9. #9
    New Member unshavenman's Avatar
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    Try the MSR Groundhog stakes, I think that you will be very pleased. They're what I use in the Boundary Waters and Quetico, and they impact the Canadian Shield all the time without issue. I've never broken one.

  10. #10
    New Member Pop_Eye's Avatar
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    Plumbing fitting stake setting tool

    Quote Originally Posted by Darbe View Post
    I look forward to the weekends for many reasons. Setting up and sleeping in my Chameleon is one. So while setting it up tonight I stepped on one of the stakes for the tarp and the stake snapped when pushing it into the ground. I have extras so my tarp is up. But we have black dirt here in our backyard and it is pretty soft. Should I expect more in strength or is is that’s the way as in Stuff happens.
    I used to use my feet, but I bent a lot of stakes. So I tried just using my hands and maybe a rock to tap in the tarp stakes.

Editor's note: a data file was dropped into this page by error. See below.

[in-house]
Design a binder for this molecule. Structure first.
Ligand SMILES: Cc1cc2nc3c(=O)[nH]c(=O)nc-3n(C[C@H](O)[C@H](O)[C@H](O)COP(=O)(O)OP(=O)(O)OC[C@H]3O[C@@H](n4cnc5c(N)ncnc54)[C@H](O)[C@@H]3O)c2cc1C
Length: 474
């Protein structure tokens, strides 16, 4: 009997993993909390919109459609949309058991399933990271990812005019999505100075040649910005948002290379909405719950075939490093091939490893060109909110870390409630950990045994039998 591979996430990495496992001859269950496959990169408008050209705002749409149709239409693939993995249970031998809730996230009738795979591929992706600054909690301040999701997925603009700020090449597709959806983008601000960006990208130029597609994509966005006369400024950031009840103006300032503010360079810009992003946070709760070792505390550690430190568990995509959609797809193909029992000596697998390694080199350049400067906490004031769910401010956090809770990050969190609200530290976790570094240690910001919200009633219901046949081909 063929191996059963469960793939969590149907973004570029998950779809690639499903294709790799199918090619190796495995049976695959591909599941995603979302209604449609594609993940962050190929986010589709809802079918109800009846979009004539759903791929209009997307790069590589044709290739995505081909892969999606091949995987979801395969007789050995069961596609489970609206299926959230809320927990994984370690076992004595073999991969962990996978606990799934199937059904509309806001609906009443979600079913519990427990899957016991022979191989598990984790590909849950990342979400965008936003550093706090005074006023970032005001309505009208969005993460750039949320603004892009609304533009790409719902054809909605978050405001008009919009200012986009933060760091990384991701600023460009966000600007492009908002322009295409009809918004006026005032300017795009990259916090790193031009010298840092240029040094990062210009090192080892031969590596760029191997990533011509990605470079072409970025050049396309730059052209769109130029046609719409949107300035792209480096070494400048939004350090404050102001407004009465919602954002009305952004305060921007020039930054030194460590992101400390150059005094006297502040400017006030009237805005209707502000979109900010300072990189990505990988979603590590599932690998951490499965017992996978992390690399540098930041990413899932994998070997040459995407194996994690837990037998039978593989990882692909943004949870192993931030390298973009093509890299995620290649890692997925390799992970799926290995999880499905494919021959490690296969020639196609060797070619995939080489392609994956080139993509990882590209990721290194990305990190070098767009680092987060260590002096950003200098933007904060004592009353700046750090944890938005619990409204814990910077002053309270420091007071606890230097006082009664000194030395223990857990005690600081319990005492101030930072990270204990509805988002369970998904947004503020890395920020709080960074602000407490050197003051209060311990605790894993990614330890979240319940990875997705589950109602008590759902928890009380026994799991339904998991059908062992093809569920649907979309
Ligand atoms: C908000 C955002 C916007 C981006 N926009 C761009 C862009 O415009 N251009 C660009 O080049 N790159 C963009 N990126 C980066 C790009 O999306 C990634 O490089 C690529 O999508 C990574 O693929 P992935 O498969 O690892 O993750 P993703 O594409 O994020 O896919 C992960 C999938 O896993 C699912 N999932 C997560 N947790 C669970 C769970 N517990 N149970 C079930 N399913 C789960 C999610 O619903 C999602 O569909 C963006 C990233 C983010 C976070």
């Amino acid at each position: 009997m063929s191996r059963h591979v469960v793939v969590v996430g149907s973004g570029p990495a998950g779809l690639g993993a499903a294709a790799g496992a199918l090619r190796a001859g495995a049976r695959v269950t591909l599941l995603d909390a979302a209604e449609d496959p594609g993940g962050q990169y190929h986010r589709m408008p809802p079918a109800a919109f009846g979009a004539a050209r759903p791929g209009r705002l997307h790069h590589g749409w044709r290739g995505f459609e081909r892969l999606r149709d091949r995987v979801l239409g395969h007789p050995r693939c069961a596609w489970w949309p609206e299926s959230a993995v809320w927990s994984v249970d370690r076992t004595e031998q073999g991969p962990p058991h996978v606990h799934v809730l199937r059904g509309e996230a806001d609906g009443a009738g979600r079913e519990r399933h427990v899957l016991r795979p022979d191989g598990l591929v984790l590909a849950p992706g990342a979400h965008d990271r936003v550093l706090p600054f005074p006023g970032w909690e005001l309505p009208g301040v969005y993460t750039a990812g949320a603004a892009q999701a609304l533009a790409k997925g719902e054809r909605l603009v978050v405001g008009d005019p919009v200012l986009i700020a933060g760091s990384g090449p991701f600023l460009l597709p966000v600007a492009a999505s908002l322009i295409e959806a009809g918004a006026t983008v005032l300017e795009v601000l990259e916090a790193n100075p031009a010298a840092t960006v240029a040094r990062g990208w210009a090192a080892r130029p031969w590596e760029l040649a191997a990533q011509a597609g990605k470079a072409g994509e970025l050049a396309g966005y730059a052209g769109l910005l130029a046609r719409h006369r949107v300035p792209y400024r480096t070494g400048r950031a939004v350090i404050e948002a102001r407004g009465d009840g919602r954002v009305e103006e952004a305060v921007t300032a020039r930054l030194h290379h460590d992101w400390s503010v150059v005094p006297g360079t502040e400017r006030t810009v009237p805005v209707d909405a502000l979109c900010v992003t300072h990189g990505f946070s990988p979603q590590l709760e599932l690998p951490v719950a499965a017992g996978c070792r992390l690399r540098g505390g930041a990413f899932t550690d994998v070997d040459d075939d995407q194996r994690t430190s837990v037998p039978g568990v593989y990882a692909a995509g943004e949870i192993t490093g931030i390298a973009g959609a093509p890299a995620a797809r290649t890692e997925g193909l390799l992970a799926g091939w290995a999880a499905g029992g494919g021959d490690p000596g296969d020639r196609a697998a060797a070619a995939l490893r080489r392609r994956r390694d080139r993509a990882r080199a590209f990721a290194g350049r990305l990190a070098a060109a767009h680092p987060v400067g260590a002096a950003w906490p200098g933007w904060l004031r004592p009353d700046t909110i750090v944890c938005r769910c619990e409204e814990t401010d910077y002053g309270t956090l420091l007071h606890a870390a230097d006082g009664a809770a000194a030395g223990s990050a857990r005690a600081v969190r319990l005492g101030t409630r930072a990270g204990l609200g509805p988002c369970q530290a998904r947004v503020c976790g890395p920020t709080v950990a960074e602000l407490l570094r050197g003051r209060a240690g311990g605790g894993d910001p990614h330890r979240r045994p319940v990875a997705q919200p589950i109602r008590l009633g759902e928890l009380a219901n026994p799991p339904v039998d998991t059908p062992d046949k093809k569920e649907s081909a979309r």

When my MSR groundhog stake cut the palm of my hand on one trip, I had an idea for protecting my hand by using a few plumbing fittings that are always in my stake bag kit now.

    At home after the trip, I found some 1/2” copper pipe and a 1/2” sweat 90* elbow fitting In my plumbing parts box. I cut a 3” (or so) piece of pipe and just pressed the elbow on. I was going to sweat the fitting on, but I procrastinated long enough to realize I didn’t need to.

    Back out in the woods pitching the tarp, I just put the top of the stake into the elbow and press the stake into the ground.

    Obviously this will only work in ground that is softer than super hard pack where even a hammer would take a quite few swipes to sink the stake.

    There is obviously a weight penalty for back packing, but it is far lighter than a tool like a hammer or an axe.